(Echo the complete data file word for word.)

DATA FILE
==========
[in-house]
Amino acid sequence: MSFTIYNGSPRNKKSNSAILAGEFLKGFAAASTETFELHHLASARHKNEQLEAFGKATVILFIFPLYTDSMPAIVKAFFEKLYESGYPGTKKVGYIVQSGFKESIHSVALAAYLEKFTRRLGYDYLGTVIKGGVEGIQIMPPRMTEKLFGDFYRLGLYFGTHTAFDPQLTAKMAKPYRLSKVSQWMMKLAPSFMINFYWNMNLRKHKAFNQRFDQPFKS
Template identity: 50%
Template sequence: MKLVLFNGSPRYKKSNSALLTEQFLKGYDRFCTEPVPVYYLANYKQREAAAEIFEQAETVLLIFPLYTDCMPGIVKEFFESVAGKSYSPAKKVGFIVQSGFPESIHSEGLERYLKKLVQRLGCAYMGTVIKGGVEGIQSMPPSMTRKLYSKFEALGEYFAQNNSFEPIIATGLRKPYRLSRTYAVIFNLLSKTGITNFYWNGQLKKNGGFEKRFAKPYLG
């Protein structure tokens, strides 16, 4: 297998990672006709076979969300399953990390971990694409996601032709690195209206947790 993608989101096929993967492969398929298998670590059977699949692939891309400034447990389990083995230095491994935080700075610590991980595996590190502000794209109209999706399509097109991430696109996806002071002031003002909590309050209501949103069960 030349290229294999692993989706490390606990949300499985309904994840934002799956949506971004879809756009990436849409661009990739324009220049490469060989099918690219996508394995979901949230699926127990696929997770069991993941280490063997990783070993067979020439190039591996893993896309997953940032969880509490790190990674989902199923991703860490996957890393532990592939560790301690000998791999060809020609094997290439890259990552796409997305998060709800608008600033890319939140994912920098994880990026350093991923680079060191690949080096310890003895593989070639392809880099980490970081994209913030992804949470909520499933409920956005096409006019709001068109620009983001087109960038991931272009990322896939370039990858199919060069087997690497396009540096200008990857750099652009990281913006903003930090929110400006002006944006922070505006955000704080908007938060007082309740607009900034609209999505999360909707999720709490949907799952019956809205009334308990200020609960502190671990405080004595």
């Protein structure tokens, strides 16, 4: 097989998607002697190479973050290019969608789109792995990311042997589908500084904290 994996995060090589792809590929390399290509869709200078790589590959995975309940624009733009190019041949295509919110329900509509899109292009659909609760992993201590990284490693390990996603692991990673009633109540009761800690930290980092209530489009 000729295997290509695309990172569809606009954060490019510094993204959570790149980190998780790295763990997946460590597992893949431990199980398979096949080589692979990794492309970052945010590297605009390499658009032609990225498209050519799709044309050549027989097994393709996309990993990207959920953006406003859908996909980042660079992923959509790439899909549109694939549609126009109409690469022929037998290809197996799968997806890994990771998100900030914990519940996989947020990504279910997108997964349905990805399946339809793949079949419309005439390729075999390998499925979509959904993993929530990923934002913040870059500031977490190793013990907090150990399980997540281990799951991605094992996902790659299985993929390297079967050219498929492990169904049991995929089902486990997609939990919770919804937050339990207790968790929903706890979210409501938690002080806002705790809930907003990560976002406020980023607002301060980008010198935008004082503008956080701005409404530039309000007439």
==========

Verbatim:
[in-house]
Amino acid sequence: MSFTIYNGSPRNKKSNSAILAGEFLKGFAAASTETFELHHLASARHKNEQLEAFGKATVILFIFPLYTDSMPAIVKAFFEKLYESGYPGTKKVGYIVQSGFKESIHSVALAAYLEKFTRRLGYDYLGTVIKGGVEGIQIMPPRMTEKLFGDFYRLGLYFGTHTAFDPQLTAKMAKPYRLSKVSQWMMKLAPSFMINFYWNMNLRKHKAFNQRFDQPFKS
Template identity: 50%
Template sequence: MKLVLFNGSPRYKKSNSALLTEQFLKGYDRFCTEPVPVYYLANYKQREAAAEIFEQAETVLLIFPLYTDCMPGIVKEFFESVAGKSYSPAKKVGFIVQSGFPESIHSEGLERYLKKLVQRLGCAYMGTVIKGGVEGIQSMPPSMTRKLYSKFEALGEYFAQNNSFEPIIATGLRKPYRLSRTYAVIFNLLSKTGITNFYWNGQLKKNGGFEKRFAKPYLG
């Protein structure tokens, strides 16, 4: 297998990672006709076979969300399953990390971990694409996601032709690195209206947790 993608989101096929993967492969398929298998670590059977699949692939891309400034447990389990083995230095491994935080700075610590991980595996590190502000794209109209999706399509097109991430696109996806002071002031003002909590309050209501949103069960 030349290229294999692993989706490390606990949300499985309904994840934002799956949506971004879809756009990436849409661009990739324009220049490469060989099918690219996508394995979901949230699926127990696929997770069991993941280490063997990783070993067979020439190039591996893993896309997953940032969880509490790190990674989902199923991703860490996957890393532990592939560790301690000998791999060809020609094997290439890259990552796409997305998060709800608008600033890319939140994912920098994880990026350093991923680079060191690949080096310890003895593989070639392809880099980490970081994209913030992804949470909520499933409920956005096409006019709001068109620009983001087109960038991931272009990322896939370039990858199919060069087997690497396009540096200008990857750099652009990281913006903003930090929110400006002006944006922070505006955000704080908007938060007082309740607009900034609209999505999360909707999720709490949907799952019956809205009334308990200020609960502190671990405080004595």
């Protein structure tokens, strides 16, 4: 097989998607002697190479973050290019969608789109792995990311042997589908500084904290 994996995060090589792809590929390399290509869709200078790589590959995975309940624009733009190019041949295509919110329900509509899109292009659909609760992993201590990284490693390990996603692991990673009633109540009761800690930290980092209530489009 000729295997290509695309990172569809606009954060490019510094993204959570790149980190998780790295763990997946460590597992893949431990199980398979096949080589692979990794492309970052945010590297605009390499658009032609990225498209050519799709044309050549027989097994393709996309990993990207959920953006406003859908996909980042660079992923959509790439899909549109694939549609126009109409690469022929037998290809197996799968997806890994990771998100900030914990519940996989947020990504279910997108997964349905990805399946339809793949079949419309005439390729075999390998499925979509959904993993929530990923934002913040870059500031977490190793013990907090150990399980997540281990799951991605094992996902790659299985993929390297079967050219498929492990169904049991995929089902486990997609939990919770919804937050339990207790968790929903706890979210409501938690002080806002705790809930907003990560976002406020980023607002301060980008010198935008004082503008956080701005409404530039309000007439």